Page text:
Massive lithium reserves found in the Himalayan region of Kashmir

5.9 million tonnes of lithium reserves could be a big boost in tackling carbon emissions.
Ameya Paleja
Kashmir region
Kashmir region

Yumi mini/iStock 

The Geological Survey of India (GSI) has reported that it has found 5.9 million tonnes of lithium reserves in the disputed Kashmir region. The mines are currently at the primary exploration stage.

Lithium is a primary component of rechargeable batteries that have assumed importance for their ability to power everything from smartphones to electric cars and even transport ships. Prices of lithium have increased sharply in the international market in recent years and countries look to move away from fossil fuels to electrified transport.

India's push for cleaner transport

As part of its efforts to cut carbon emissions, India is looking to increase the market share of electric vehicles to 30 percent by the end of this decade. However, the country has been dependent on Australia and Argentina for its lithium needs and has been exploring ways to improve the mineral supply.

Its push for exploration of lithium bore results in 2021 when nearly 1,600 tonnes of the alkali metal were found in the southern state of Karnataka. However, the recent discovery in the Reasi district of Kashmir dwarfs the previous find. According to the estimates of the GSI, the area could be home to 5.9 million tonnes.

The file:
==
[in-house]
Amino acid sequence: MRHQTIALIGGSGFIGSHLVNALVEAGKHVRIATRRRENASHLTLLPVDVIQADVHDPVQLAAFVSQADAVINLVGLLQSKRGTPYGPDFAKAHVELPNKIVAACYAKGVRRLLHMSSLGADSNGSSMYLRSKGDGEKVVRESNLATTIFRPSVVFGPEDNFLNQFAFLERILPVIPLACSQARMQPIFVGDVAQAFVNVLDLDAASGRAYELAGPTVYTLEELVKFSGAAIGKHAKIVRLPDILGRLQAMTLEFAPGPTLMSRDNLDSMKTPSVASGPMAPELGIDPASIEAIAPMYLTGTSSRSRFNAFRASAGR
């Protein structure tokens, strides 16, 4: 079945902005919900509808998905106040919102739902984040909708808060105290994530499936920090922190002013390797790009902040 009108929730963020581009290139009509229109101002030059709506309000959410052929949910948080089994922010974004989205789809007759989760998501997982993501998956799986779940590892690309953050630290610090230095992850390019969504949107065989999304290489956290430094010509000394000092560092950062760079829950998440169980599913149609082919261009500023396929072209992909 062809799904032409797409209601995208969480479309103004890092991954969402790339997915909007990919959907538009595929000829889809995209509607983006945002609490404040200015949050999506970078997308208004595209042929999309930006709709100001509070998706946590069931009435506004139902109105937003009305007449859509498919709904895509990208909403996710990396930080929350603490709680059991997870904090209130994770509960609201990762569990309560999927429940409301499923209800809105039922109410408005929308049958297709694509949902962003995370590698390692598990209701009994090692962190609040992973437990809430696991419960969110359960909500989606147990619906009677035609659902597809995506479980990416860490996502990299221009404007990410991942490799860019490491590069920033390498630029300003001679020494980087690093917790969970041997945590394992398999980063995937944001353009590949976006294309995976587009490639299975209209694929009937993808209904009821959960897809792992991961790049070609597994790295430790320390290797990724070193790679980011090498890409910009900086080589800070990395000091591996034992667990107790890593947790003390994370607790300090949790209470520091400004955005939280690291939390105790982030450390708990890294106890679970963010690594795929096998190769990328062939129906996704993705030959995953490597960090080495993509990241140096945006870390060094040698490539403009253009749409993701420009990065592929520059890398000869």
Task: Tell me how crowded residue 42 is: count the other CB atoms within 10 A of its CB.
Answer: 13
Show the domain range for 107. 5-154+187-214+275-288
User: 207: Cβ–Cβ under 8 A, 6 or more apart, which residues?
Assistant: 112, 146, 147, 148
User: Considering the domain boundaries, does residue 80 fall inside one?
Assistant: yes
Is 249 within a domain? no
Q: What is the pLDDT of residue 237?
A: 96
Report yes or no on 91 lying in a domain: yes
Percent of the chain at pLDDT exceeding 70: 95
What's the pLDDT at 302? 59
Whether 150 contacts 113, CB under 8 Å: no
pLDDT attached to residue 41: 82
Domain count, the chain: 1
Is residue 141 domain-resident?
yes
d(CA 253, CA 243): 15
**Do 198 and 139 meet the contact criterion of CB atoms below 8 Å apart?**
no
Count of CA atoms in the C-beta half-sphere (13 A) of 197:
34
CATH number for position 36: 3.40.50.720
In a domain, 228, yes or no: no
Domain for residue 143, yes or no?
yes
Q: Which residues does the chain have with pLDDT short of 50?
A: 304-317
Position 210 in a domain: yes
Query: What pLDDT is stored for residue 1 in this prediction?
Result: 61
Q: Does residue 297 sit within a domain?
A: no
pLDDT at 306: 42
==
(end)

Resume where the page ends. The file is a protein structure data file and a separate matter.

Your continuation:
This will be a shot in the arm for Indian goals of cleaner transport. Countries worldwide are looking for ways to gain access to this rare metal. Earlier this year, China signed a $1 billion dollar deal with Bolivia to tap into its lithium reserves, estimated to be around 21 million tonnes, BBC said in its report.

While India's new-found reserves are allegedly abundant, mining lithium is not straightforward. Experts have pointed out the use of fossil fuels and the requirements for large amounts of water in the process, affecting indigenous communities the most.

In this case, too, the find comes in an area where geopolitics have made the region highly unstable. A few years ago, the dısputed region was brought under Indıan state control, which could now facilitate access to mining sites.

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